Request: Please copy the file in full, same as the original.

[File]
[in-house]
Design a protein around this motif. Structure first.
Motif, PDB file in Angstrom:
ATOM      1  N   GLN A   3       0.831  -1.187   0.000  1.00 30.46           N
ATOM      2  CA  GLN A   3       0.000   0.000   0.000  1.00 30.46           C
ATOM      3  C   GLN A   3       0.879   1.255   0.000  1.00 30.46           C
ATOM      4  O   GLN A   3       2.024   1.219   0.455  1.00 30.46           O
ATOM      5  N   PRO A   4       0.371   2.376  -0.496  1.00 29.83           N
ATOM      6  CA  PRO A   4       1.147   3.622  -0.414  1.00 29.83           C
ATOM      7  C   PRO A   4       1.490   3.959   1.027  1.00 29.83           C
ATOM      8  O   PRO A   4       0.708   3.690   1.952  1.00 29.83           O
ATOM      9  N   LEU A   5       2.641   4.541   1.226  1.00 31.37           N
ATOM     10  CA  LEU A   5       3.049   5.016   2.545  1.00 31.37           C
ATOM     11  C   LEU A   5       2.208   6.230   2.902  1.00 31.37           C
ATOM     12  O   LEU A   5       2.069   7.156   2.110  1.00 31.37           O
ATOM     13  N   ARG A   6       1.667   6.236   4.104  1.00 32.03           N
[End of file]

[in-house]
Design a protein around this motif. Structure first.
Motif, PDB file in Angstrom:
ATOM      1  N   GLN A   3       0.831  -1.187   0.000  1.00 30.46           N
ATOM      2  CA  GLN A   3       0.000   0.000   0.000  1.00 30.46           C
ATOM      3  C   GLN A   3       0.879   1.255   0.000  1.00 30.46           C
ATOM      4  O   GLN A   3       2.024   1.219   0.455  1.00 30.46           O
ATOM      5  N   PRO A   4       0.371   2.376  -0.496  1.00 29.83           N
ATOM      6  CA  PRO A   4       1.147   3.622  -0.414  1.00 29.83           C
ATOM      7  C   PRO A   4       1.490   3.959   1.027  1.00 29.83           C
ATOM      8  O   PRO A   4       0.708   3.690   1.952  1.00 29.83           O
ATOM      9  N   LEU A   5       2.641   4.541   1.226  1.00 31.37           N
ATOM     10  CA  LEU A   5       3.049   5.016   2.545  1.00 31.37           C
ATOM     11  C   LEU A   5       2.208   6.230   2.902  1.00 31.37           C
ATOM     12  O   LEU A   5       2.069   7.156   2.110  1.00 31.37           O
ATOM     13  N   ARG A   6       1.667   6.236   4.104  1.00 32.03           N